Disgraced former CBS anchorman Dan Rather continues to make the rounds, trying to rehabilitate his image and paint himself as a man wronged by an overcorporatized, politically neutralized media structure. That's no longer surprising. But why would schools of journalism gloss right over his embrace of fabricated National Guard records in 2004? Viviana Aldous at The Daily Texan reported on Rather's Thursday appearance at the University of Texas in Austin:
“Journalism continues to weather its profound changes as it transits into its digital future,” said Tracy Dahlby, director of the School of Journalism. “Rather has spent six decades getting the job done, telling people things they need to know about their world they otherwise wouldn’t. He’s done it with courage, style, wit and occasionally the controversy that [often] comes [with being a] journalist.”
Is Tracy Dahlby really expressing an opinion, or just taking politeness to an embarrassing extreme? But at least Dahlby didn't call Rather the "world's best journalist," as odd as that sounds:
Austinite Kenneth Hiller, who graduated from UT in 1980 with a bachelor’s in journalism, said Rather is the world’s best journalist, despite accusations of liberal bias.
“Anyone in the media who doesn’t go along with the governmental line automatically gets called a liberal, especially if a Republican president is in office,” Hiller said. “With Rather, that started with Nixon and Watergate. He was just being a good journalist.”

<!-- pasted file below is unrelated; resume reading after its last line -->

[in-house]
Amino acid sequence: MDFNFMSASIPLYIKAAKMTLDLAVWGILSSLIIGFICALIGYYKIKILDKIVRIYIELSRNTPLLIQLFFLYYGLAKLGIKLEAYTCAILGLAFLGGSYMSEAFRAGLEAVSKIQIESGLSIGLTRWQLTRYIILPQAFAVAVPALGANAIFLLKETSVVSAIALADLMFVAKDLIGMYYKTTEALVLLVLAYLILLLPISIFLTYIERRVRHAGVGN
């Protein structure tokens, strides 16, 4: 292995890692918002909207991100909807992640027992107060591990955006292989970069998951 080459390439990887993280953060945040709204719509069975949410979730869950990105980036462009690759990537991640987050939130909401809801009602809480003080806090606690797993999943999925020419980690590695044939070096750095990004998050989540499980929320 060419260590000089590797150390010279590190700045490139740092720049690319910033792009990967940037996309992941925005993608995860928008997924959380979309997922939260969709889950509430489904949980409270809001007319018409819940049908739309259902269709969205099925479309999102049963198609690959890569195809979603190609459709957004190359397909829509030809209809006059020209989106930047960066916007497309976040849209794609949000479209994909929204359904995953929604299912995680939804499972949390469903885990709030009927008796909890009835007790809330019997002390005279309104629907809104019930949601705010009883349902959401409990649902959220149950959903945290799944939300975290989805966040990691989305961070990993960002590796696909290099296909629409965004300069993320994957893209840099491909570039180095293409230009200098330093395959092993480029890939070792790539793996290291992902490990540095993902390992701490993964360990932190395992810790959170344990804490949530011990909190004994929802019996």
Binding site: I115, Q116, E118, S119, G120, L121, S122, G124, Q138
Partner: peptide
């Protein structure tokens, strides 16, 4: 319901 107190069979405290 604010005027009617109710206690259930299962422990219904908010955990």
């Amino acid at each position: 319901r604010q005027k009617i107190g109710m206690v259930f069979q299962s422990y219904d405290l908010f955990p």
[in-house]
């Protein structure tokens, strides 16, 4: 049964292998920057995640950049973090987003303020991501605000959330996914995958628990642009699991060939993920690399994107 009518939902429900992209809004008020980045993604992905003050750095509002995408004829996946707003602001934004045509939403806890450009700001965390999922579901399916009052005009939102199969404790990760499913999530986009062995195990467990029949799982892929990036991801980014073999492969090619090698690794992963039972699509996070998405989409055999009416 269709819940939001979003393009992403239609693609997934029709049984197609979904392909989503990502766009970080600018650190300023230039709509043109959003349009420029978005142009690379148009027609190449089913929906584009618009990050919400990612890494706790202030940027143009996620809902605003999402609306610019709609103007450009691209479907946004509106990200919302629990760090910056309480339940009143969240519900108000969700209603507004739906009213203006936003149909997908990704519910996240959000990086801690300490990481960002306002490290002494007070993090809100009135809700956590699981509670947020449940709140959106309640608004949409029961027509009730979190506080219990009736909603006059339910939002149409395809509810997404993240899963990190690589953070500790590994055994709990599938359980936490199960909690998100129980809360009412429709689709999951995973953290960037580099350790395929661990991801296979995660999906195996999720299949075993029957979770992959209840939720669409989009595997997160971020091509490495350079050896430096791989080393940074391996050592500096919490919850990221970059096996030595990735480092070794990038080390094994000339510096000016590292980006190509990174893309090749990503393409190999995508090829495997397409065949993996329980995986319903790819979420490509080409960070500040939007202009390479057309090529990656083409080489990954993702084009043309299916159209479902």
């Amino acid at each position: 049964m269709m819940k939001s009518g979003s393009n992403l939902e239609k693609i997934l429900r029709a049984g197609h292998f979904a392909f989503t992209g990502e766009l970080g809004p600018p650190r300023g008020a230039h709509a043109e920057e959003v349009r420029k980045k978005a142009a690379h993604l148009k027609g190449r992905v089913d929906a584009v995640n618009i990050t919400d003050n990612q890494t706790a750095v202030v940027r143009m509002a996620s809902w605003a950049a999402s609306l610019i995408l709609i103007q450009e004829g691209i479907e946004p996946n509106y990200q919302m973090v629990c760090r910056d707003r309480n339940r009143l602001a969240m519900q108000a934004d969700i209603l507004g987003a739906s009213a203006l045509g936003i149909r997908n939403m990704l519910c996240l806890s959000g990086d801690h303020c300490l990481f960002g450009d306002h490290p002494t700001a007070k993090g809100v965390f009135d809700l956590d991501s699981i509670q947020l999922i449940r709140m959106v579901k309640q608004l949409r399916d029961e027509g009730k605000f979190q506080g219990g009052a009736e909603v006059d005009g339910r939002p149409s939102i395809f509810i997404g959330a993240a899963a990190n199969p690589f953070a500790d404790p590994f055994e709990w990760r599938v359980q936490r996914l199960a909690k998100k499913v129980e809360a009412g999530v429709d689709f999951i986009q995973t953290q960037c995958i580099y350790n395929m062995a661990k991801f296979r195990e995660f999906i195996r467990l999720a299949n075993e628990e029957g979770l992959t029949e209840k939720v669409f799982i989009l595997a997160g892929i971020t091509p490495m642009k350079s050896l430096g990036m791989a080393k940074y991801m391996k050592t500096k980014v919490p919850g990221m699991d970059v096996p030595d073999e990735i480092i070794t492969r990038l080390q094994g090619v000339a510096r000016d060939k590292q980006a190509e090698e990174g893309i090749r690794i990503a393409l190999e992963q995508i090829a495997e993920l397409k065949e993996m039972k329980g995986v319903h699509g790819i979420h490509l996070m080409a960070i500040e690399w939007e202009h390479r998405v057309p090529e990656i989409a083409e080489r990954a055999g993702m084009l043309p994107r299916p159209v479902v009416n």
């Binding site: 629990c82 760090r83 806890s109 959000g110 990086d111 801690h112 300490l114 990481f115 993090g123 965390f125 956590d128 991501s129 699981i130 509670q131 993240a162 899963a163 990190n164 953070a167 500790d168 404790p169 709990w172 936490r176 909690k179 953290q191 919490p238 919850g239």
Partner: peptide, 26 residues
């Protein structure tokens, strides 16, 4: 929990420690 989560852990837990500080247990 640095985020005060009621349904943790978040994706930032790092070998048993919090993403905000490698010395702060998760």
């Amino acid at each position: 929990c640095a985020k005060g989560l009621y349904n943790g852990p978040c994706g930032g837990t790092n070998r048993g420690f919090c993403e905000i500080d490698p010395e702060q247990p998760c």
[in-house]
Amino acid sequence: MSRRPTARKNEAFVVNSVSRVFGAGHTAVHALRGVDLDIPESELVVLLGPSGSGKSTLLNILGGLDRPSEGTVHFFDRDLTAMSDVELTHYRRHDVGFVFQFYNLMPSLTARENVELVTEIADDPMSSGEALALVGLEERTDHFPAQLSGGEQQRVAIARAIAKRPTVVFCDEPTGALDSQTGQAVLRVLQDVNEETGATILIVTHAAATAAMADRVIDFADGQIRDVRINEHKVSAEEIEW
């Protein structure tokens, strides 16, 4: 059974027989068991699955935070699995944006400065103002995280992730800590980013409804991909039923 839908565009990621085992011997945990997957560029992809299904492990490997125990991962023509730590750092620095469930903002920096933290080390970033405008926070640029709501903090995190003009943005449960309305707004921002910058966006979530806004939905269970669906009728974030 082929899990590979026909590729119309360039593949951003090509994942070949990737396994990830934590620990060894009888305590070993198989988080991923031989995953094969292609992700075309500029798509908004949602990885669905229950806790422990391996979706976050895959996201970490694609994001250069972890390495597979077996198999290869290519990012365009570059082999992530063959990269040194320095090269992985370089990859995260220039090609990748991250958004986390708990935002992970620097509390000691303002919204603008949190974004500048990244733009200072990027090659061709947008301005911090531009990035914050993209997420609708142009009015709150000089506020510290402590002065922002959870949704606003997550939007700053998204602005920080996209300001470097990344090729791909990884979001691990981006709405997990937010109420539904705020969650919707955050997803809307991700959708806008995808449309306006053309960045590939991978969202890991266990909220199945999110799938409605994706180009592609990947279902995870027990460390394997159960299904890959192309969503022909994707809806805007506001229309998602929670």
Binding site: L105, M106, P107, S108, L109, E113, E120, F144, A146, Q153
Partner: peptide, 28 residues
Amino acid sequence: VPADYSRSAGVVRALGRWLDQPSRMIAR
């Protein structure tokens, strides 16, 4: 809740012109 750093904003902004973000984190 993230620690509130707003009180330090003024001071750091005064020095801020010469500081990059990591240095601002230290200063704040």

Hiller would be right only if the standard was political: "good journalism" is defined as aiding the growth of liberalism, no matter whether documents are verifiable or not. At least there was one professor who seemed willing to agree Rather was deeply wrong and not victimized:
Clinical journalism professor Wanda Cash encouraged her students to attend the lecture because Rather provides excellent context for what journalists do, she said.
“He wanted to be true so deeply that he may have forgotten the most important part of the journalistic creed: verification,” Cash said about the documents.
But it was Hiller and not Cash who was used to end the story. Aldous couldn't even acknowledge Rather used fabricated documents. She could only say "The authenticity of the documents Rather based his report on was later debated." Let's hope the Daily Texan hasn't editorialized about people who can't accept Barack Obama's birth certificate.
Wayne Slater of the Dallas Morning News added detail from a Saturday journalism awards luncheon at the Headliners Club in Austin. Someone asked (with obvious distaste) if it’s "news" on Fox for Glenn Beck to quiz Ann Coulter about Rush Limbaugh. Rather flattered the questioner: "One entertainer interviewing a second entertainer about a third entertainer isn't my definition of news."
But Rather "said he would oppose any effort to curtail Fox News or any other opinion outlet on radio or TV. He said even if there were a cable station of pure propaganda -- 'and we may be near that now' -- he would oppose censoring it in any way."
It’s quite rich to see Rather dissing someone else as a propagandist.